I felt funny, talking to my friend and this bloke we know, last night, given their immersion in the drug scene and my peripherally peripheral knowledge of it. Funny because I don't like to be bested on anything at all--I only want to go abroad again so I can say I've been--but also because I have this ridiculous, suburban, bourgeois urge to prove I'm more counter-culture than everybody else.

But is coke counter-culture if it's also "the drug of professionals"? The people who talk about doing it certainly like to think of themselves as being separate from the common herd (as I do, unless I'm on a socialist jag that week). But can counter-culture be counter-culture if everybody's doing it?

The best thing a kid can be armed with these days if he or she wants to cut out a life for themselves that hasn't been chosen for them by cynical businessmen and fuckwit politicians is a BOOK. Or preferably a few books. Something on world history. Something on the religions. Something on literature, music, poetry, and painting. A kid armed with knowledge and a clear head is the biggest danger to the forces of oppression here or anywhere else in the world.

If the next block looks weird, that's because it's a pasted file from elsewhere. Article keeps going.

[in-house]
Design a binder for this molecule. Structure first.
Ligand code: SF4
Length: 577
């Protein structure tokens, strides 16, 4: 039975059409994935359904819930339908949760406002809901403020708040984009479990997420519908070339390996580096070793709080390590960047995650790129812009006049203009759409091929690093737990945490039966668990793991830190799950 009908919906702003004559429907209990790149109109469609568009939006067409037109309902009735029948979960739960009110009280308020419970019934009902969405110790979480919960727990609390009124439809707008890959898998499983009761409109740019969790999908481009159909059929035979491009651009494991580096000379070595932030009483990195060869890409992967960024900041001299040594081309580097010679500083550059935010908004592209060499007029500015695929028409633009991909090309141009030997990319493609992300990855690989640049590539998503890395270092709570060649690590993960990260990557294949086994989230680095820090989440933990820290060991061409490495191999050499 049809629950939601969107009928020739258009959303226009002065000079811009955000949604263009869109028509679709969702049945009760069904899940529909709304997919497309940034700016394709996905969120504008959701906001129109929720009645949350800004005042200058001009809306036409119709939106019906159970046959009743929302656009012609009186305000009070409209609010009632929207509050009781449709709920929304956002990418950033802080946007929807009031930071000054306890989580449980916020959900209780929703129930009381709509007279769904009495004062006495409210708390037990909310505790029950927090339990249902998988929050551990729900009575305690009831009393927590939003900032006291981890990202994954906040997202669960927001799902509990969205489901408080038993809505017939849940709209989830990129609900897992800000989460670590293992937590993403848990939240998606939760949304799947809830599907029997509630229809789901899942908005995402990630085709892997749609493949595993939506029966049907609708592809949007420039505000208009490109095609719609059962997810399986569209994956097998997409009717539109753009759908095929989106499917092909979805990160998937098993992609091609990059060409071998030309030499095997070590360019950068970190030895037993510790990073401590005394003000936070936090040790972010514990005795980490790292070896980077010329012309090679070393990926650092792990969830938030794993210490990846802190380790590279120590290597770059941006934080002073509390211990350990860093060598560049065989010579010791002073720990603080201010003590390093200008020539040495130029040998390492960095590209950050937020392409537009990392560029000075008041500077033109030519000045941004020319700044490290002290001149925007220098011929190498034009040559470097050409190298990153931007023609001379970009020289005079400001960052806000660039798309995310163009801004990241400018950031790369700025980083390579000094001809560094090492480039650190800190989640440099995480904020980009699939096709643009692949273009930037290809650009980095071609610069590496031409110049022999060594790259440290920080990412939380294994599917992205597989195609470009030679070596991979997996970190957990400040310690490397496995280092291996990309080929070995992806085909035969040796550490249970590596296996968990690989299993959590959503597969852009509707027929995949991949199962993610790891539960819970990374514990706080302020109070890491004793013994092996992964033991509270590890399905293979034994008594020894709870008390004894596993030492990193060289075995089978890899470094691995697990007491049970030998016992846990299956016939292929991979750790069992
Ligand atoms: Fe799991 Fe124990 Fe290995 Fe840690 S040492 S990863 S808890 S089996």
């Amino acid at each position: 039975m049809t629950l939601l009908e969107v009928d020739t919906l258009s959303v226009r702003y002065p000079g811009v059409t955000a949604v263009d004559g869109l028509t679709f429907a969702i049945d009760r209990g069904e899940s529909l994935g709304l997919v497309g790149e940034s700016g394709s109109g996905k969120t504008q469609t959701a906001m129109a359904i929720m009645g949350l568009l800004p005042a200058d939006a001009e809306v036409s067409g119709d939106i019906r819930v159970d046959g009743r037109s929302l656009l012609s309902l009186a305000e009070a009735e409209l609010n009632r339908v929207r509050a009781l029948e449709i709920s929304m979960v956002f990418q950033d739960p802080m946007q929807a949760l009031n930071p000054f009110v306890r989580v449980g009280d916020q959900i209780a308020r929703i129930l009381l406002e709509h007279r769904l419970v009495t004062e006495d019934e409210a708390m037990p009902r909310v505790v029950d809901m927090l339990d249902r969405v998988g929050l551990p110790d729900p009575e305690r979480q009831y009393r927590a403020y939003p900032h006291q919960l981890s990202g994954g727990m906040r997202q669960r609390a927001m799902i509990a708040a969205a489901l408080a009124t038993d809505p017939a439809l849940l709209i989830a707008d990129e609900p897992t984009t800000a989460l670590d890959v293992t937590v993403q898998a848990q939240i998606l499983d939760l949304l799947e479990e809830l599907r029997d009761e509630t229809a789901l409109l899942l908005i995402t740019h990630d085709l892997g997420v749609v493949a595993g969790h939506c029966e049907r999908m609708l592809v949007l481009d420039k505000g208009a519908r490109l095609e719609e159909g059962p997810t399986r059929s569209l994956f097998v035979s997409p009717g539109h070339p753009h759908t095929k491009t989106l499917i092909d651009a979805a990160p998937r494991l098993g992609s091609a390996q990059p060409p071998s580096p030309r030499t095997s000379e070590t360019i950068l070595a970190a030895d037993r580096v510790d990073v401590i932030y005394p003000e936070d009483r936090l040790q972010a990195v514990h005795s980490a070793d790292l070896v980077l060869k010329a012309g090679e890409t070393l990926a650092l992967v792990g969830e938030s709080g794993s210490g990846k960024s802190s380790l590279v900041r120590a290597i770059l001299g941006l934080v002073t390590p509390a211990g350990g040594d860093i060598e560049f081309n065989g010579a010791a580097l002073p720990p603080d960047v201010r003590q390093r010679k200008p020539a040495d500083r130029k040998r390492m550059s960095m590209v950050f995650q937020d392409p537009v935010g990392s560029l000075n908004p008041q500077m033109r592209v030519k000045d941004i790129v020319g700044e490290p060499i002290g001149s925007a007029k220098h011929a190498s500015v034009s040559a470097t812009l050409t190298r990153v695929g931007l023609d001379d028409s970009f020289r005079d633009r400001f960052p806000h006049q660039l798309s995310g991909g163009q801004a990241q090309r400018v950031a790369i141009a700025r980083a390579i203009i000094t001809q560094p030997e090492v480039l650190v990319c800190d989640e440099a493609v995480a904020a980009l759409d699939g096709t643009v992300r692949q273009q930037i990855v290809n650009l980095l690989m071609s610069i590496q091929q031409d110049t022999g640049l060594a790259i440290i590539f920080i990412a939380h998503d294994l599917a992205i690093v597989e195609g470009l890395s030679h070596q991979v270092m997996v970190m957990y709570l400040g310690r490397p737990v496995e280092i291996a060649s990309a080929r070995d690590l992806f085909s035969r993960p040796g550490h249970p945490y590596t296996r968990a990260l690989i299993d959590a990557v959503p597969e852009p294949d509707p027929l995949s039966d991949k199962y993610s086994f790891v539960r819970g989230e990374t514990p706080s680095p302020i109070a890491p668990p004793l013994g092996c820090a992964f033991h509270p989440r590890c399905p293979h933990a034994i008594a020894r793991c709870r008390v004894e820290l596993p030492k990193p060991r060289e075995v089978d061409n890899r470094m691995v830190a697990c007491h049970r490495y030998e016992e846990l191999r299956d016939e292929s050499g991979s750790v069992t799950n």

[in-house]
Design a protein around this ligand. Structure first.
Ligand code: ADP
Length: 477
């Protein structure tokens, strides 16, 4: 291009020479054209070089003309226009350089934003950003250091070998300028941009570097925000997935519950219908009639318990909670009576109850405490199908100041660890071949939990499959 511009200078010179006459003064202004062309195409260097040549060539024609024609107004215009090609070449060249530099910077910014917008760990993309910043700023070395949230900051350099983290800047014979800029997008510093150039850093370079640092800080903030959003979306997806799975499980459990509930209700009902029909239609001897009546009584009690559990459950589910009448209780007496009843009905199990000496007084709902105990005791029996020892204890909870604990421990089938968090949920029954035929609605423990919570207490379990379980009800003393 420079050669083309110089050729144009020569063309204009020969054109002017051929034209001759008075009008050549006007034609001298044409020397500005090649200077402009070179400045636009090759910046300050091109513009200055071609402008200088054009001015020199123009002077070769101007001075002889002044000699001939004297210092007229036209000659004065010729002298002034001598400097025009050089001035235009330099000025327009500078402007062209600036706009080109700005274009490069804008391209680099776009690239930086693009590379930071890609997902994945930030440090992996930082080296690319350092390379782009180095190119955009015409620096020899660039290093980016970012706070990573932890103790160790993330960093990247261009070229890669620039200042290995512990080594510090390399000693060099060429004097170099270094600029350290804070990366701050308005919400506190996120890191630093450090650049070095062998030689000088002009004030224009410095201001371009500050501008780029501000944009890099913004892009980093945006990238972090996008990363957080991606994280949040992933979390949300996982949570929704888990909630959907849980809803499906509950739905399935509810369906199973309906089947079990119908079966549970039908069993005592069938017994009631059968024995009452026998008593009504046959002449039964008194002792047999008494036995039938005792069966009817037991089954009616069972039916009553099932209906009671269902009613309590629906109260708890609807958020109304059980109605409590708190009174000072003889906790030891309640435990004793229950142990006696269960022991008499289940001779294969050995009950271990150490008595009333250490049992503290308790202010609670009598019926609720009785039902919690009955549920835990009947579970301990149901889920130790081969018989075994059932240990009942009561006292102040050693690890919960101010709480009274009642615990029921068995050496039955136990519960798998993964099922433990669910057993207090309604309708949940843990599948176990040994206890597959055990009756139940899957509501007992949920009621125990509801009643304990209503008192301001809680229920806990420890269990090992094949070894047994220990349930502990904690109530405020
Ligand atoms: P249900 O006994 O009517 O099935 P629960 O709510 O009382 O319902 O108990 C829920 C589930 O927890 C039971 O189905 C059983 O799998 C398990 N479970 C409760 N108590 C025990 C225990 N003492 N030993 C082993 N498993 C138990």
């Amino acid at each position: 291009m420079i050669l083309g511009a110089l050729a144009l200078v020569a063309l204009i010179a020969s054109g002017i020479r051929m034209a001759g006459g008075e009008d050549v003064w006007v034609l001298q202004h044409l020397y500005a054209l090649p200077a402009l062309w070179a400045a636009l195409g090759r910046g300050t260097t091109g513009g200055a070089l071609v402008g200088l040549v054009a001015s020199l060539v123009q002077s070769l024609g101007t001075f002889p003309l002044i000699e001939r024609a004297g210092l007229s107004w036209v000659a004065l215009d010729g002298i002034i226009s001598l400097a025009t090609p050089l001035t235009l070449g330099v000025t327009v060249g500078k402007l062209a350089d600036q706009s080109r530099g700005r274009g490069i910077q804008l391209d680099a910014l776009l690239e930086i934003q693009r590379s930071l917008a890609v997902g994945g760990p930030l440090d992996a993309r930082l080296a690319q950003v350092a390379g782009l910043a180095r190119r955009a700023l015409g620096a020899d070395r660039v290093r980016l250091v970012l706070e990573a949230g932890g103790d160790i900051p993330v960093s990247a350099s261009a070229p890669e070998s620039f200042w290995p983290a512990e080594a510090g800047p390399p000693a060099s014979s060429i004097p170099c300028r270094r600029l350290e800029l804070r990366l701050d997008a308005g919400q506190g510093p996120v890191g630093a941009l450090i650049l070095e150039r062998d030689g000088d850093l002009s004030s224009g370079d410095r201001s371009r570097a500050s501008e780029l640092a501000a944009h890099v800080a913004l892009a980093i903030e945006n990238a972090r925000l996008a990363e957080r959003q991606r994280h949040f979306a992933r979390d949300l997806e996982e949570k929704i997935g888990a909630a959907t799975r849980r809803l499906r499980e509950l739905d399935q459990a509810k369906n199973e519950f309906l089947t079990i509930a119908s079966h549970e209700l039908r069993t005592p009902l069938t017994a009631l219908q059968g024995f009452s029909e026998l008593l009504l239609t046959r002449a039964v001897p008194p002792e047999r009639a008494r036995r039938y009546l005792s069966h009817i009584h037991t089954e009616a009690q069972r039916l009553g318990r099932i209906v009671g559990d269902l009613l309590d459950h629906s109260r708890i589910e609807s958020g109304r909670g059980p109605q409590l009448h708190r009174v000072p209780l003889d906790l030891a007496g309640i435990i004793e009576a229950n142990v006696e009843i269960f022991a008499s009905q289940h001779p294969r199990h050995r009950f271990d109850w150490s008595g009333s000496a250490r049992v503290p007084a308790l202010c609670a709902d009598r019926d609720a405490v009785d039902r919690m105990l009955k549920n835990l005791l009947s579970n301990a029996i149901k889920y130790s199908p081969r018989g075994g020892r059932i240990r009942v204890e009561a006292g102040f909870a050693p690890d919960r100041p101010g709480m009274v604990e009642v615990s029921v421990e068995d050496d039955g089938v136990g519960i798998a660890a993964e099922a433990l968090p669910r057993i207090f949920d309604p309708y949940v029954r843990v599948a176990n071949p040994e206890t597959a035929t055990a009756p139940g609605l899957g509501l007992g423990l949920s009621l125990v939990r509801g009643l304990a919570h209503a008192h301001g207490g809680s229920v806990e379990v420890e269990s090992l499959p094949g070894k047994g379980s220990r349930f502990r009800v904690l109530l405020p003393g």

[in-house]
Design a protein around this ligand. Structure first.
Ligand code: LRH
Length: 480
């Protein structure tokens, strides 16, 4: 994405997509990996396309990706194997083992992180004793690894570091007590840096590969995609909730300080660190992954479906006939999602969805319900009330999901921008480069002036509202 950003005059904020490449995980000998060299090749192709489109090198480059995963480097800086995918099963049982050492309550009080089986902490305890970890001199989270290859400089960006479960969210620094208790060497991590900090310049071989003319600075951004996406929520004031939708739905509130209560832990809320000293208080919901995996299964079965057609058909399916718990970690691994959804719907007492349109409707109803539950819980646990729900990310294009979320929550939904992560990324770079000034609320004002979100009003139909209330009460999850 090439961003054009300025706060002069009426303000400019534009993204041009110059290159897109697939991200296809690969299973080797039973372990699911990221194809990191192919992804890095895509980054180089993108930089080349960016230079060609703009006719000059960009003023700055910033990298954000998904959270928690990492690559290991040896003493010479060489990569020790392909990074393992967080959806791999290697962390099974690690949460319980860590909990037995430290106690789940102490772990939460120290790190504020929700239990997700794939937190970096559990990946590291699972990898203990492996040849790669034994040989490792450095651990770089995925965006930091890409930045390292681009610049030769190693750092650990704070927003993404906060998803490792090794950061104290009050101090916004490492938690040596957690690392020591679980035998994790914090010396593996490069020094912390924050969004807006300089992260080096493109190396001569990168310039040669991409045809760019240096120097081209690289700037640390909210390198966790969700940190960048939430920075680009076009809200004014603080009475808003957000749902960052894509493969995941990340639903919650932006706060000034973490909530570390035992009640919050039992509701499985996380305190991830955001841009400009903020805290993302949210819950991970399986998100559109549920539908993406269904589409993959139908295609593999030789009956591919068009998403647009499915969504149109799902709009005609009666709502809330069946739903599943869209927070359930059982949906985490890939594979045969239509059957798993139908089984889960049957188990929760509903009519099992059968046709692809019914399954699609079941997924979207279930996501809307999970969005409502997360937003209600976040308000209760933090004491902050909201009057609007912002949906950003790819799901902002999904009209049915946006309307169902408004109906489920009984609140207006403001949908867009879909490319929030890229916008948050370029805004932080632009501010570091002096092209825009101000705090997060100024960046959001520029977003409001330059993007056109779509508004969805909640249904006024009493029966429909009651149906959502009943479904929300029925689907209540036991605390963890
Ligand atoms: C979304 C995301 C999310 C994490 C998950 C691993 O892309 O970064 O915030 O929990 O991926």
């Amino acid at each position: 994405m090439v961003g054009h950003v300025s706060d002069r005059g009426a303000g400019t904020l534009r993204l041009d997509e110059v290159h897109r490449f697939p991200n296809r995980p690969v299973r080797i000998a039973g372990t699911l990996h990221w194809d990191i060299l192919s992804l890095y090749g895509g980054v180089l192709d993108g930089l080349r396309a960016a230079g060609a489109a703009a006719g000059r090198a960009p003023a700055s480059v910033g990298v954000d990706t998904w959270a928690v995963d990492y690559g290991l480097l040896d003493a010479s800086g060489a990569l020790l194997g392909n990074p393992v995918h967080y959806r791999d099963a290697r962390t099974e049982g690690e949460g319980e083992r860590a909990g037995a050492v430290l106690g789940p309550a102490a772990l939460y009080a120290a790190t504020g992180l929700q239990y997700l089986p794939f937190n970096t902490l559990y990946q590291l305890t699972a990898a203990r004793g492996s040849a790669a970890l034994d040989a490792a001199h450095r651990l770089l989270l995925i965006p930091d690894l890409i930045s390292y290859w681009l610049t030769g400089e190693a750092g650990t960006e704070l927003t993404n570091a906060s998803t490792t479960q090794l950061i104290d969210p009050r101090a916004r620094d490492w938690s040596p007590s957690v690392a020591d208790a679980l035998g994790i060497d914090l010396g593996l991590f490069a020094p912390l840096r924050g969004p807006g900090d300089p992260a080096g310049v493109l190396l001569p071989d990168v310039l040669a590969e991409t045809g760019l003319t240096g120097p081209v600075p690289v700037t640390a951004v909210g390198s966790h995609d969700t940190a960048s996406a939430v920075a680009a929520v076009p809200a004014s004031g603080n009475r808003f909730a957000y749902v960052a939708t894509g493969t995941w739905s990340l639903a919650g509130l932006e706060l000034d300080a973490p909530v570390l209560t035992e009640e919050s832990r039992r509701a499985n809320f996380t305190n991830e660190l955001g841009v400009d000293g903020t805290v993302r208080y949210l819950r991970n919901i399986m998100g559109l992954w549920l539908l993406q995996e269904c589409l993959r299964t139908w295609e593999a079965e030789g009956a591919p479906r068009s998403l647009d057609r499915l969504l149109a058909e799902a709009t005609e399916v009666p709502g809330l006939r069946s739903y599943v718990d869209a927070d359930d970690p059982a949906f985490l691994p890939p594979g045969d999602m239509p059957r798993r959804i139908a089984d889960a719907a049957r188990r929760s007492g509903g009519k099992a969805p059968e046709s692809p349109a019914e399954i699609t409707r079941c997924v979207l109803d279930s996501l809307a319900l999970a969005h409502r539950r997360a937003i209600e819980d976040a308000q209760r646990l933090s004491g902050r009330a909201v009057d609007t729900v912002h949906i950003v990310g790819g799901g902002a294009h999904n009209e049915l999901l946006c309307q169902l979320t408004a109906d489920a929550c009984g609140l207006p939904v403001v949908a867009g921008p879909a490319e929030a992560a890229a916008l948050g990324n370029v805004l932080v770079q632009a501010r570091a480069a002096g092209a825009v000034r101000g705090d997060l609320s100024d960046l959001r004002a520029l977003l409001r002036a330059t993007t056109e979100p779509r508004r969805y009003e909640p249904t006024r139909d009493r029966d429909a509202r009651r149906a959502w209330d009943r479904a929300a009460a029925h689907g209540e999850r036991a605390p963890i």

(Of course, buoyed by the superhuman confidence of cocaine they might be even more formidable...)(I'm joking, I'm joking.)

Everything Must Go, And Went

I listened to the Manic Street Preachers' cd "Everything Must Go" this morning for the first time in about ten years. What happened to them, I wonder? A truly great band, perhaps the greatest of the late Nineties, and certainly my own favourite back then. How we need their intelligence, their commitment to something other than their own haircuts, now.